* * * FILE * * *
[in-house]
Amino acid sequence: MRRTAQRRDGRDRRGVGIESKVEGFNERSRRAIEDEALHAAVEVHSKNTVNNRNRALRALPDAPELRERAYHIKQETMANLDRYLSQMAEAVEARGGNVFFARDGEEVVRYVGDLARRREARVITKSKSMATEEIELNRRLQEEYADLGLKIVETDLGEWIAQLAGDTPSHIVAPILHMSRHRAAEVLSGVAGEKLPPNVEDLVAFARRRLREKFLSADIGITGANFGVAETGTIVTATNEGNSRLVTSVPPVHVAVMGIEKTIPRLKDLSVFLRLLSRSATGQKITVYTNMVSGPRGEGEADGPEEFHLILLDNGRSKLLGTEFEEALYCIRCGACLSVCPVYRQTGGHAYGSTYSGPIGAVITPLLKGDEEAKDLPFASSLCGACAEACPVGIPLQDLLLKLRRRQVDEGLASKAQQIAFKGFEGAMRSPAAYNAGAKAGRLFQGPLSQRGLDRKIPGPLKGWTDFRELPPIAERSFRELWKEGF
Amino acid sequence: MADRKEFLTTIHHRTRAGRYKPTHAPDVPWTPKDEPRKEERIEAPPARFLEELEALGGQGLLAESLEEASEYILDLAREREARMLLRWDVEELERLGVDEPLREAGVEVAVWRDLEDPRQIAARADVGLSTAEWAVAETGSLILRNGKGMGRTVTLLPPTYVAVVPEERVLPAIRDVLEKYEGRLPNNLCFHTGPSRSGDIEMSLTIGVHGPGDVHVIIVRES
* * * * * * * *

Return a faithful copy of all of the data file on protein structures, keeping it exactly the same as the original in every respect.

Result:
[in-house]
Amino acid sequence: MRRTAQRRDGRDRRGVGIESKVEGFNERSRRAIEDEALHAAVEVHSKNTVNNRNRALRALPDAPELRERAYHIKQETMANLDRYLSQMAEAVEARGGNVFFARDGEEVVRYVGDLARRREARVITKSKSMATEEIELNRRLQEEYADLGLKIVETDLGEWIAQLAGDTPSHIVAPILHMSRHRAAEVLSGVAGEKLPPNVEDLVAFARRRLREKFLSADIGITGANFGVAETGTIVTATNEGNSRLVTSVPPVHVAVMGIEKTIPRLKDLSVFLRLLSRSATGQKITVYTNMVSGPRGEGEADGPEEFHLILLDNGRSKLLGTEFEEALYCIRCGACLSVCPVYRQTGGHAYGSTYSGPIGAVITPLLKGDEEAKDLPFASSLCGACAEACPVGIPLQDLLLKLRRRQVDEGLASKAQQIAFKGFEGAMRSPAAYNAGAKAGRLFQGPLSQRGLDRKIPGPLKGWTDFRELPPIAERSFRELWKEGF
Amino acid sequence: MADRKEFLTTIHHRTRAGRYKPTHAPDVPWTPKDEPRKEERIEAPPARFLEELEALGGQGLLAESLEEASEYILDLAREREARMLLRWDVEELERLGVDEPLREAGVEVAVWRDLEDPRQIAARADVGLSTAEWAVAETGSLILRNGKGMGRTVTLLPPTYVAVVPEERVLPAIRDVLEKYEGRLPNNLCFHTGPSRSGDIEMSLTIGVHGPGDVHVIIVRES